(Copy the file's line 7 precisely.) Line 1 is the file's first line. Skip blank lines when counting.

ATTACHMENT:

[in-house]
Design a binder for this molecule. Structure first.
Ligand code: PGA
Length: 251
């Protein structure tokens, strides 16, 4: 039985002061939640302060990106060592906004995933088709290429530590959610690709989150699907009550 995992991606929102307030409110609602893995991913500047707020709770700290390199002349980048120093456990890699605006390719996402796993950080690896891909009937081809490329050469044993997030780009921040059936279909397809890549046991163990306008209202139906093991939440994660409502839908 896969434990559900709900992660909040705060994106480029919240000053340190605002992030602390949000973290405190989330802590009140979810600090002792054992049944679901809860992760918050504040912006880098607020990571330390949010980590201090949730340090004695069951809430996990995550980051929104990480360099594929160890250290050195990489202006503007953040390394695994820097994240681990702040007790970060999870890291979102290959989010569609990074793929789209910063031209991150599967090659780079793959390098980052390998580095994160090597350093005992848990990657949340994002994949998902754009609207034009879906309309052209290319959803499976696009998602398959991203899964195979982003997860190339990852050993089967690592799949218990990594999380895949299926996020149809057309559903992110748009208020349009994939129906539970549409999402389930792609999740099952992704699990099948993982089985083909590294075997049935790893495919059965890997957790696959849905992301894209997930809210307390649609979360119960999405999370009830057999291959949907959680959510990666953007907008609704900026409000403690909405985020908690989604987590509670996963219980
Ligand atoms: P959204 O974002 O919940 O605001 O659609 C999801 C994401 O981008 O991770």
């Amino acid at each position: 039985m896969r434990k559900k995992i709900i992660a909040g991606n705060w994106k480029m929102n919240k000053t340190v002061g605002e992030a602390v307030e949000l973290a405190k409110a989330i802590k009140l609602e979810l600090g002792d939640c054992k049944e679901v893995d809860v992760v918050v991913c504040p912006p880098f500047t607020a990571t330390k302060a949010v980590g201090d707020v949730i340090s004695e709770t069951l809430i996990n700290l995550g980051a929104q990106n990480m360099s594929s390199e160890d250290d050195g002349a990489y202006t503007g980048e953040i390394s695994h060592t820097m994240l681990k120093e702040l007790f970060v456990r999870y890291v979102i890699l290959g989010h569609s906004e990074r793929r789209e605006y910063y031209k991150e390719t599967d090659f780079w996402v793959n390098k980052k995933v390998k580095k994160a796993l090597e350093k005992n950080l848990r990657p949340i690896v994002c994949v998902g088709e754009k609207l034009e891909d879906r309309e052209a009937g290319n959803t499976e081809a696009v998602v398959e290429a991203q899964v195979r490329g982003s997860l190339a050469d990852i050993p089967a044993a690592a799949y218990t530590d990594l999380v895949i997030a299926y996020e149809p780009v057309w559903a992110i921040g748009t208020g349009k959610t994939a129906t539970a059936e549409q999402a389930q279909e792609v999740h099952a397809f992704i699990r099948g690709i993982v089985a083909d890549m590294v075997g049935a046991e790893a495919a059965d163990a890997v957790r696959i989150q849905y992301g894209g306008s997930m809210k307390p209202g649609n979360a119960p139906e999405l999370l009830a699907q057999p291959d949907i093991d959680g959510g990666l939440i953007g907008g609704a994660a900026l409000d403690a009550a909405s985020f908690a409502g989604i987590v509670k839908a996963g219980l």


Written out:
């Amino acid at each position: 039985m896969r434990k559900k995992i709900i992660a909040g991606n705060w994106k480029m929102n919240k000053t340190v002061g605002e992030a602390v307030e949000l973290a405190k409110a989330i802590k009140l609602e979810l600090g002792d939640c054992k049944e679901v893995d809860v992760v918050v991913c504040p912006p880098f500047t607020a990571t330390k302060a949010v980590g201090d707020v949730i340090s004695e709770t069951l809430i996990n700290l995550g980051a929104q990106n990480m360099s594929s390199e160890d250290d050195g002349a990489y202006t503007g980048e953040i390394s695994h060592t820097m994240l681990k120093e702040l007790f970060v456990r999870y890291v979102i890699l290959g989010h569609s906004e990074r793929r789209e605006y910063y031209k991150e390719t599967d090659f780079w996402v793959n390098k980052k995933v390998k580095k994160a796993l090597e350093k005992n950080l848990r990657p949340i690896v994002c994949v998902g088709e754009k609207l034009e891909d879906r309309e052209a009937g290319n959803t499976e081809a696009v998602v398959e290429a991203q899964v195979r490329g982003s997860l190339a050469d990852i050993p089967a044993a690592a799949y218990t530590d990594l999380v895949i997030a299926y996020e149809p780009v057309w559903a992110i921040g748009t208020g349009k959610t994939a129906t539970a059936e549409q999402a389930q279909e792609v999740h099952a397809f992704i699990r099948g690709i993982v089985a083909d890549m590294v075997g049935a046991e790893a495919a059965d163990a890997v957790r696959i989150q849905y992301g894209g306008s997930m809210k307390p209202g649609n979360a119960p139906e999405l999370l009830a699907q057999p291959d949907i093991d959680g959510g990666l939440i953007g907008g609704a994660a900026l409000d403690a009550a909405s985020f908690a409502g989604i987590v509670k839908a996963g219980l």